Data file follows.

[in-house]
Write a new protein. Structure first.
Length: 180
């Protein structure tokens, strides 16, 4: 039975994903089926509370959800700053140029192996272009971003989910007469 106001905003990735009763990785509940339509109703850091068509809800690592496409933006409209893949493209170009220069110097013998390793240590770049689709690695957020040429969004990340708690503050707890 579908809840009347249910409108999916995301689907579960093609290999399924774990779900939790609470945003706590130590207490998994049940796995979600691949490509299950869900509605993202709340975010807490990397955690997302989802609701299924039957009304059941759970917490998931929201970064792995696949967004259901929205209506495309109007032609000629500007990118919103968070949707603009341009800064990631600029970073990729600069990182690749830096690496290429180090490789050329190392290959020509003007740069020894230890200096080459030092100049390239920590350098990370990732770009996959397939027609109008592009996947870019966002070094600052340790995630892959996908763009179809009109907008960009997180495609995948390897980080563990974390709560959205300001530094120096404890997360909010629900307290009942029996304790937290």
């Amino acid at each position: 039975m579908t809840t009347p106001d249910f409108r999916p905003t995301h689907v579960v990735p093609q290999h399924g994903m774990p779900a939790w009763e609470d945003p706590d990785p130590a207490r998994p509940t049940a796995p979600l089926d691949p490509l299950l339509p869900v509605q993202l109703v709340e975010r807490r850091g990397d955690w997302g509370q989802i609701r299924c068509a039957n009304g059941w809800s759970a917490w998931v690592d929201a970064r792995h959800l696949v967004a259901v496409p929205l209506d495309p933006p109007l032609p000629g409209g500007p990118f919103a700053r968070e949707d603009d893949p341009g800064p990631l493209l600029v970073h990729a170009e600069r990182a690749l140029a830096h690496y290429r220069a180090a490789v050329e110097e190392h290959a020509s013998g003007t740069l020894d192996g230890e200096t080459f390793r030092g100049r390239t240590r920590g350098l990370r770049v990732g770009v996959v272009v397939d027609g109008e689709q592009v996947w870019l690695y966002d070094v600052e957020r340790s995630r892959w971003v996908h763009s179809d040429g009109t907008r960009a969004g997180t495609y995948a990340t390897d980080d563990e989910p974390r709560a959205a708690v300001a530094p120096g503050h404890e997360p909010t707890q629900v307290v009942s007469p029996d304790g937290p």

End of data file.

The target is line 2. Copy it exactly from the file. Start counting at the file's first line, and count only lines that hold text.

Write a new protein. Structure first.